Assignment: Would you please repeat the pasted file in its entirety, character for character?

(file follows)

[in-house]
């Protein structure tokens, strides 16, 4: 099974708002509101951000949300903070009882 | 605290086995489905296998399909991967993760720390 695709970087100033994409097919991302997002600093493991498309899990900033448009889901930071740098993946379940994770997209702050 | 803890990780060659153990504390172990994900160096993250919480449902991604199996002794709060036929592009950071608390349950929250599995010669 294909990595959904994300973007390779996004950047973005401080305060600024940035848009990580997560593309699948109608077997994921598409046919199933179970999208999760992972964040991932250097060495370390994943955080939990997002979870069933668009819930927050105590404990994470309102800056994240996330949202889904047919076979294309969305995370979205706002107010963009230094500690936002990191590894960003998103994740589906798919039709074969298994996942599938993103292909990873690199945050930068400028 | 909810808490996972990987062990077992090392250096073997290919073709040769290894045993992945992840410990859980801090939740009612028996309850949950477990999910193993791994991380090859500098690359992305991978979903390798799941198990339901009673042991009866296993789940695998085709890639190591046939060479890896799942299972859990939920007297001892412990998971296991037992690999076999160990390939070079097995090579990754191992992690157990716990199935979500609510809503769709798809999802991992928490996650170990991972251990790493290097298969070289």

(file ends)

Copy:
[in-house]
């Protein structure tokens, strides 16, 4: 099974708002509101951000949300903070009882 | 605290086995489905296998399909991967993760720390 695709970087100033994409097919991302997002600093493991498309899990900033448009889901930071740098993946379940994770997209702050 | 803890990780060659153990504390172990994900160096993250919480449902991604199996002794709060036929592009950071608390349950929250599995010669 294909990595959904994300973007390779996004950047973005401080305060600024940035848009990580997560593309699948109608077997994921598409046919199933179970999208999760992972964040991932250097060495370390994943955080939990997002979870069933668009819930927050105590404990994470309102800056994240996330949202889904047919076979294309969305995370979205706002107010963009230094500690936002990191590894960003998103994740589906798919039709074969298994996942599938993103292909990873690199945050930068400028 | 909810808490996972990987062990077992090392250096073997290919073709040769290894045993992945992840410990859980801090939740009612028996309850949950477990999910193993791994991380090859500098690359992305991978979903390798799941198990339901009673042991009866296993789940695998085709890639190591046939060479890896799942299972859990939920007297001892412990998971296991037992690999076999160990390939070079097995090579990754191992992690157990716990199935979500609510809503769709798809999802991992928490996650170990991972251990790493290097298969070289």